Nesbitt Memorial Library Journal, Volume 3, Number 2, May, 1993 Page: 65
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The Conflict Between H. H. Moore and Sheriff Light Townsend
W. D. Crockett met Townsend and the three proceeded to Robertson County. Bouldin
was living on a farm near the Brazos River. Townsend sent a local black man to tell him
that someone wanted to see him, and then he, Teague, and Crockett hid along each side
of the path. When Bouldin walked down, they seized him without resistance. Bouldin
later confessed that he had a rifle, a pistol, and 100 rounds of ammunition at the house
and was prepared to die resisting arrest.
That summer, Dee Braddock of Flatonia, who had just turned twenty years
old, got into trouble with the law for the first time. On August 22, 1891, three brothers,
Jim, Anthony, and George Brownlow were engaged in a friendly shooting contest, firing
a shotgun at a peach tree, when Braddock came over with his Winchester and demanded
that they stop making so much noise. Anthony refused and Jim called to the youthful
Braddock, "You are a damned fool." Braddock leveled the rifle and shot first Jim
Brownlow, then Anthony Brownlow, who was attempting to run into the house. He had
time to shoot Jim Brownlow again, this time in the back, before the third brother, George,
returned his fire. A few more ineffectual shots were fired, then the brief battle ended.
Jim Brownlow died instantly and Anthony, thirty minutes later.
Moore, meanwhile, again was struggling to secure bail. In July, Vineyard,
Cabiness, Mason, Williamson, and Langston had been released from the La Grange jail
on bail, and Moore was trying a new tactic. He had become ill, apparently with
tuberculosis, and on September 3, he secured a statement from Dr. W. W. Lunn that
"continued confinement would be the cause of his death." Dr. J. C. B. Renfro provided
a second opinion, saying "if he is kept in any species of confinement while suffering from
said disease, it will endanger his life." Late in September, he was granted bail of $8000,
and though that was a rather large sum, quickly posted it.
Moore's trial began on December 3, 1891 and dragged on for more than two
weeks. Much of the mountain of testimony concerned whether or not anyone could be
sure that Moore had indeed been the man behind the mask. Sheriff Townsend and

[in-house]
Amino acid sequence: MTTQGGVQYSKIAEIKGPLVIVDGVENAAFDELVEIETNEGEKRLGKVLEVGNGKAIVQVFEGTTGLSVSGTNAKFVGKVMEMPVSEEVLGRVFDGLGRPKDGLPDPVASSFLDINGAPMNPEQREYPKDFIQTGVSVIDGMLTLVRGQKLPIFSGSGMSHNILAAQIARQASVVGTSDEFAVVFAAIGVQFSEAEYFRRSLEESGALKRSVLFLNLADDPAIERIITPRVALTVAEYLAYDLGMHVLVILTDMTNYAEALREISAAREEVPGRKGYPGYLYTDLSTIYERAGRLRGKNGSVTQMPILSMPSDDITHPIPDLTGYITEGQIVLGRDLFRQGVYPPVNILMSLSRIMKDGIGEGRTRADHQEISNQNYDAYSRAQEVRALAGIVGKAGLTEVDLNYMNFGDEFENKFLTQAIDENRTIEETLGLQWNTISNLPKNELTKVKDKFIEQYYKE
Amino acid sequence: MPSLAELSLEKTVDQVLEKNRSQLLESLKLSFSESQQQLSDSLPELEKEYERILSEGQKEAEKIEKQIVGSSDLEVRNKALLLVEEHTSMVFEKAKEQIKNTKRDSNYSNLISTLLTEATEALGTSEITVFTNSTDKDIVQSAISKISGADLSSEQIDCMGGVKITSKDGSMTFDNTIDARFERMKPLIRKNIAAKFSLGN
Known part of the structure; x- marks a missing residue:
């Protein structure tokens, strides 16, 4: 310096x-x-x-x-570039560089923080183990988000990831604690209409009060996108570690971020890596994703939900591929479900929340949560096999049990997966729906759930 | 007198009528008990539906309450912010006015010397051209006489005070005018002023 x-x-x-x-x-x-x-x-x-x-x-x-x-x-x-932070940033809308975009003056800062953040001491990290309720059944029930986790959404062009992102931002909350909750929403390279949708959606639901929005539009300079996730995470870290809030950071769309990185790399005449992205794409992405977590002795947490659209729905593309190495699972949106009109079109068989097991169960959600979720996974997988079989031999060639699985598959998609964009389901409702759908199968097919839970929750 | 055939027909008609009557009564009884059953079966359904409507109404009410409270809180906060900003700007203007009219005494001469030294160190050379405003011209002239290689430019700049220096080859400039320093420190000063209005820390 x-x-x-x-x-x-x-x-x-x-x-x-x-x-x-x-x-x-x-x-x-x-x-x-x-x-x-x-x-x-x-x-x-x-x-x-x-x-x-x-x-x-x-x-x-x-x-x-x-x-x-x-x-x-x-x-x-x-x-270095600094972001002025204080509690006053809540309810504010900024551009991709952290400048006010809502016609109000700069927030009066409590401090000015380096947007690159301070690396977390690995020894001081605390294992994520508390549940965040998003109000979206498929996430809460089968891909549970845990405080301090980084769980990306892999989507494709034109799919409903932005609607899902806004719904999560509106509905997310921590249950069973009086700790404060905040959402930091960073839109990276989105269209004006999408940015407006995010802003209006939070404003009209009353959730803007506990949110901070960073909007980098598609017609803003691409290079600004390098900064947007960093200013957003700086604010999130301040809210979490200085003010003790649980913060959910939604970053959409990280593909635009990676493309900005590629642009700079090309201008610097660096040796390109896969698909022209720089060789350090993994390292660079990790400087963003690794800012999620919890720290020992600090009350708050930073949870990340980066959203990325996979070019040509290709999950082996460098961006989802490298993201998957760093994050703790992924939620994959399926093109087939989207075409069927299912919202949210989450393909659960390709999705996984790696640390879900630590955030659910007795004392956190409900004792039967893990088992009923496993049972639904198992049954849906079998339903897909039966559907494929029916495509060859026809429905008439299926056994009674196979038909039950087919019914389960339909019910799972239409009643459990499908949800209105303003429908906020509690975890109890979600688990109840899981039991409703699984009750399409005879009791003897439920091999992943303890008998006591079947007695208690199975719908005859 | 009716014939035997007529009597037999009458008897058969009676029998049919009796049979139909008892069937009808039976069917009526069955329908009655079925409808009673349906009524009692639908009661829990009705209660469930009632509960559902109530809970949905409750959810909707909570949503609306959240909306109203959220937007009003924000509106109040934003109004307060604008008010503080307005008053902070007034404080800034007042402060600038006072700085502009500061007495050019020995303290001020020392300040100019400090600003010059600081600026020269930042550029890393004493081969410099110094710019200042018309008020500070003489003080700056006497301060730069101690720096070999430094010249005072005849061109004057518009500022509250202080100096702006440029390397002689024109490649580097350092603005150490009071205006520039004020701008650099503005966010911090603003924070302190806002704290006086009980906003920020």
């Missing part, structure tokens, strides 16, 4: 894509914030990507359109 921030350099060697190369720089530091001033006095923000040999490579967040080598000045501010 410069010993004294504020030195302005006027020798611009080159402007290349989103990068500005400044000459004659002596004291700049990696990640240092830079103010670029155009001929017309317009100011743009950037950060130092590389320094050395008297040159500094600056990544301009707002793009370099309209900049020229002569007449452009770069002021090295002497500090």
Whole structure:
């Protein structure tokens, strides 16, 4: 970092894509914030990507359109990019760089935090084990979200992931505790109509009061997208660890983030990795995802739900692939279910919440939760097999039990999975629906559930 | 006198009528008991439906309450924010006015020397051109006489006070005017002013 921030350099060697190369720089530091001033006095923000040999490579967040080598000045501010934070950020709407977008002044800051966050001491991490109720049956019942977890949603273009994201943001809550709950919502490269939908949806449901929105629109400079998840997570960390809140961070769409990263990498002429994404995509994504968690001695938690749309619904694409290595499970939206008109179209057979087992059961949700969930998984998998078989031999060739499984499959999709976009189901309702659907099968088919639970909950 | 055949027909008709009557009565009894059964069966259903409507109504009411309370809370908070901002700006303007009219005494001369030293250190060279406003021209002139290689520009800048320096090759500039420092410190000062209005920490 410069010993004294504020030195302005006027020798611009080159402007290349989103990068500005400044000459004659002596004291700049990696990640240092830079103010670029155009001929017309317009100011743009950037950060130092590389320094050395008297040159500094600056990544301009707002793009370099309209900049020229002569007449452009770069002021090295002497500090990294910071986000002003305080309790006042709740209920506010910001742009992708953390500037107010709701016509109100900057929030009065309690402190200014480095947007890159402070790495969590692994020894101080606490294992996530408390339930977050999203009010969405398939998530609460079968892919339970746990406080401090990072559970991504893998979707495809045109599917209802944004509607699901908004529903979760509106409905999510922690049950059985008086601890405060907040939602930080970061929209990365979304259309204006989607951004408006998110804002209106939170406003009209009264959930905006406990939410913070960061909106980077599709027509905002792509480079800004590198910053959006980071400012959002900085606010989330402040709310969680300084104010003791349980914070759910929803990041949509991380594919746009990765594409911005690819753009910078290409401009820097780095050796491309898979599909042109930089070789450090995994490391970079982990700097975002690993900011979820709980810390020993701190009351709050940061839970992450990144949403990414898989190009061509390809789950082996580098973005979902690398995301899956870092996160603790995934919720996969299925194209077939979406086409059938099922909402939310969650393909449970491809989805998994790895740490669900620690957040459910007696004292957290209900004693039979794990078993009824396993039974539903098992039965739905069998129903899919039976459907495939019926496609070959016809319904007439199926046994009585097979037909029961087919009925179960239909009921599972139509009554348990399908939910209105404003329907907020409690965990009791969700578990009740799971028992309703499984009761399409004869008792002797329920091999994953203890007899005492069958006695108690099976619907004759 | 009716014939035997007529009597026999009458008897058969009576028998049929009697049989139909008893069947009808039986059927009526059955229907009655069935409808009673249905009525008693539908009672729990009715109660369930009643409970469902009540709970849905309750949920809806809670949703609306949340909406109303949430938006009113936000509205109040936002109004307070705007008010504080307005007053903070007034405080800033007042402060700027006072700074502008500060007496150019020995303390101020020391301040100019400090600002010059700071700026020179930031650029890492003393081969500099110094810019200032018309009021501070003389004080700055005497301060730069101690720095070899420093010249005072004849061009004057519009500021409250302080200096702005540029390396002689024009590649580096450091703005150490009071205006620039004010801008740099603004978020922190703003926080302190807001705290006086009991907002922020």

Columbus City Marshal Brack Smith testified that, though they did not know what
Moore's reputation in his own community was, county officers regarded him as "a
dangerous but not a violent man."
Moore took the stand in his own defense, calmly swearing that he had not
been to Martin's place the night of the killing, and that he had not been part of the mob
that perpetrated the murder. He stated that he, Bowers, and another man had left
Frazar's Store and gone to his home, where they had remained for the rest of the night.
Strangely, neither Bowers nor the other man was asked to take the stand to corroborate
The case went to the jury three days before Christmas. The next day,
December 23, the jury returned. In an instant, the courtroom was hushed as the
numerous spectators anticipated the verdict. As the jury filed in, Moore's wife, sitting
beside her husband, dropped her head into his lap as though afraid to hear the decision.
Moore gazed implacably at the jury, the muscles of his face twitching as he chomped
on a cigar.
"Gentlemen, have you agreed upon a verdict?"
The foreman handed a slip of paper to Fayette County District Clerk John B.
Holloway. Holloway read aloud, "We, the jury, find the defendant, H. H. Moore, not
guilty as charged in the indictment."
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Nesbitt Memorial Library. Nesbitt Memorial Library Journal, Volume 3, Number 2, May, 1993, periodical, May 1993; Columbus, Texas. (texashistory.unt.edu/ark:/67531/metapth151388/m1/13/?q=nesbitt%20memorial%20library%20journal: accessed November 22, 2017), University of North Texas Libraries, The Portal to Texas History, texashistory.unt.edu; crediting Nesbitt Memorial Library.